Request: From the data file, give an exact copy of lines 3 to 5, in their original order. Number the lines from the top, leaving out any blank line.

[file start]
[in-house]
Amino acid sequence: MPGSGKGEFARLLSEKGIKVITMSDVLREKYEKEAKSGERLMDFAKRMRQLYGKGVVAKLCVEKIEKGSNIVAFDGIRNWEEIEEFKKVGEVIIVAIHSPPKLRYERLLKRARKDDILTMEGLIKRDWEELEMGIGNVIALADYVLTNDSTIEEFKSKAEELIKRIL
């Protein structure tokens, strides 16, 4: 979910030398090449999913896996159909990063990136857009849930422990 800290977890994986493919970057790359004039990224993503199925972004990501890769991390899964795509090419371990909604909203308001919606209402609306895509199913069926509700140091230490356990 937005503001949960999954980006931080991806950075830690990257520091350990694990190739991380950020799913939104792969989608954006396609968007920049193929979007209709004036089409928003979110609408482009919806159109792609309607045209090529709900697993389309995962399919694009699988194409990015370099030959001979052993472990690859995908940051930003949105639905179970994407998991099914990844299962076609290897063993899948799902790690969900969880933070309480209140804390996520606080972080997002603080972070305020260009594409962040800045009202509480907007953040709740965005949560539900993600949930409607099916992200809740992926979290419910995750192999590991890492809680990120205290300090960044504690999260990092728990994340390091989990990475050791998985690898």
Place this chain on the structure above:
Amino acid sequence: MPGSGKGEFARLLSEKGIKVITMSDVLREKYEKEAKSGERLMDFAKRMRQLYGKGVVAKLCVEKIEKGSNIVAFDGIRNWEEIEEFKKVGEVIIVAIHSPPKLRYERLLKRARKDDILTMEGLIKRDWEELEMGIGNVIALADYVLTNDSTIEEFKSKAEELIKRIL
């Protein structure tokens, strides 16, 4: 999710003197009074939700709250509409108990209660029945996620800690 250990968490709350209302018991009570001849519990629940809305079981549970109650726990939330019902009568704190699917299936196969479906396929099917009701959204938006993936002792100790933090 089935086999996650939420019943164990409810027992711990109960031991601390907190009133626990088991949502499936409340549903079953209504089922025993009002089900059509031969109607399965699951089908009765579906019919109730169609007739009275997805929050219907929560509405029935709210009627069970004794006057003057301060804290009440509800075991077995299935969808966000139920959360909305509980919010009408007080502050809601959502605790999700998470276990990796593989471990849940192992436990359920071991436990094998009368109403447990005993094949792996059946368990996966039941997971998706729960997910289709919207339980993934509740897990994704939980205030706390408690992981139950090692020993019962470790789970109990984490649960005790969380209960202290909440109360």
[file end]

């Protein structure tokens, strides 16, 4: 979910030398090449999913896996159909990063990136857009849930422990 800290977890994986493919970057790359004039990224993503199925972004990501890769991390899964795509090419371990909604909203308001919606209402609306895509199913069926509700140091230490356990 937005503001949960999954980006931080991806950075830690990257520091350990694990190739991380950020799913939104792969989608954006396609968007920049193929979007209709004036089409928003979110609408482009919806159109792609309607045209090529709900697993389309995962399919694009699988194409990015370099030959001979052993472990690859995908940051930003949105639905179970994407998991099914990844299962076609290897063993899948799902790690969900969880933070309480209140804390996520606080972080997002603080972070305020260009594409962040800045009202509480907007953040709740965005949560539900993600949930409607099916992200809740992926979290419910995750192999590991890492809680990120205290300090960044504690999260990092728990994340390091989990990475050791998985690898």
Place this chain on the structure above:
Amino acid sequence: MPGSGKGEFARLLSEKGIKVITMSDVLREKYEKEAKSGERLMDFAKRMRQLYGKGVVAKLCVEKIEKGSNIVAFDGIRNWEEIEEFKKVGEVIIVAIHSPPKLRYERLLKRARKDDILTMEGLIKRDWEELEMGIGNVIALADYVLTNDSTIEEFKSKAEELIKRIL